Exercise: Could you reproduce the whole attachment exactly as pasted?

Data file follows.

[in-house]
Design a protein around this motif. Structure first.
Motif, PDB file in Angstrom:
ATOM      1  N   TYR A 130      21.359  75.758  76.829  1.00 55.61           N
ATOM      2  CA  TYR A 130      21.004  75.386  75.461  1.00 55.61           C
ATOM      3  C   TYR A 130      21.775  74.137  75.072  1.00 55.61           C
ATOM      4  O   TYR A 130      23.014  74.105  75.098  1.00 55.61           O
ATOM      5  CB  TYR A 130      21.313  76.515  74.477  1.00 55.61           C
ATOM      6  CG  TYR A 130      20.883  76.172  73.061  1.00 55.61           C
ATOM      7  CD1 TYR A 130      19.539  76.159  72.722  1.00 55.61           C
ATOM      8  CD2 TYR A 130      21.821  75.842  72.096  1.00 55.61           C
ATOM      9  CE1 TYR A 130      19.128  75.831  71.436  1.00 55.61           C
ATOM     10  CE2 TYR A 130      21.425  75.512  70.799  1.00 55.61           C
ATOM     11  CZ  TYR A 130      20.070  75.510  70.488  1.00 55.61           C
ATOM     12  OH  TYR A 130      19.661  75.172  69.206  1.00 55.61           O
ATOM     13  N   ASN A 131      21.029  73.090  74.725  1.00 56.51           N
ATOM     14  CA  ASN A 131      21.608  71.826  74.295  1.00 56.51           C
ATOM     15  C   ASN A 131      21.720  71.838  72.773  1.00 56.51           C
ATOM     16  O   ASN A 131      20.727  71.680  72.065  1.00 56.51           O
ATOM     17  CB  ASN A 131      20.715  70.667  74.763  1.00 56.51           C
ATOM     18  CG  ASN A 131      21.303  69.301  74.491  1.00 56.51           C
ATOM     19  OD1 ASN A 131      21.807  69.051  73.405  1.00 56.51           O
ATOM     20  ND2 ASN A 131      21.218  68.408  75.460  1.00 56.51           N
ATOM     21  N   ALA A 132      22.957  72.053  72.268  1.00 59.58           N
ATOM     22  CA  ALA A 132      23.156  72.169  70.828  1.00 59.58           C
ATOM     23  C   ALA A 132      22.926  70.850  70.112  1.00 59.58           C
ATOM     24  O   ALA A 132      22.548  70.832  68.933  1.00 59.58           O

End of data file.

[in-house]
Design a protein around this motif. Structure first.
Motif, PDB file in Angstrom:
ATOM      1  N   TYR A 130      21.359  75.758  76.829  1.00 55.61           N
ATOM      2  CA  TYR A 130      21.004  75.386  75.461  1.00 55.61           C
ATOM      3  C   TYR A 130      21.775  74.137  75.072  1.00 55.61           C
ATOM      4  O   TYR A 130      23.014  74.105  75.098  1.00 55.61           O
ATOM      5  CB  TYR A 130      21.313  76.515  74.477  1.00 55.61           C
ATOM      6  CG  TYR A 130      20.883  76.172  73.061  1.00 55.61           C
ATOM      7  CD1 TYR A 130      19.539  76.159  72.722  1.00 55.61           C
ATOM      8  CD2 TYR A 130      21.821  75.842  72.096  1.00 55.61           C
ATOM      9  CE1 TYR A 130      19.128  75.831  71.436  1.00 55.61           C
ATOM     10  CE2 TYR A 130      21.425  75.512  70.799  1.00 55.61           C
ATOM     11  CZ  TYR A 130      20.070  75.510  70.488  1.00 55.61           C
ATOM     12  OH  TYR A 130      19.661  75.172  69.206  1.00 55.61           O
ATOM     13  N   ASN A 131      21.029  73.090  74.725  1.00 56.51           N
ATOM     14  CA  ASN A 131      21.608  71.826  74.295  1.00 56.51           C
ATOM     15  C   ASN A 131      21.720  71.838  72.773  1.00 56.51           C
ATOM     16  O   ASN A 131      20.727  71.680  72.065  1.00 56.51           O
ATOM     17  CB  ASN A 131      20.715  70.667  74.763  1.00 56.51           C
ATOM     18  CG  ASN A 131      21.303  69.301  74.491  1.00 56.51           C
ATOM     19  OD1 ASN A 131      21.807  69.051  73.405  1.00 56.51           O
ATOM     20  ND2 ASN A 131      21.218  68.408  75.460  1.00 56.51           N
ATOM     21  N   ALA A 132      22.957  72.053  72.268  1.00 59.58           N
ATOM     22  CA  ALA A 132      23.156  72.169  70.828  1.00 59.58           C
ATOM     23  C   ALA A 132      22.926  70.850  70.112  1.00 59.58           C
ATOM     24  O   ALA A 132      22.548  70.832  68.933  1.00 59.58           O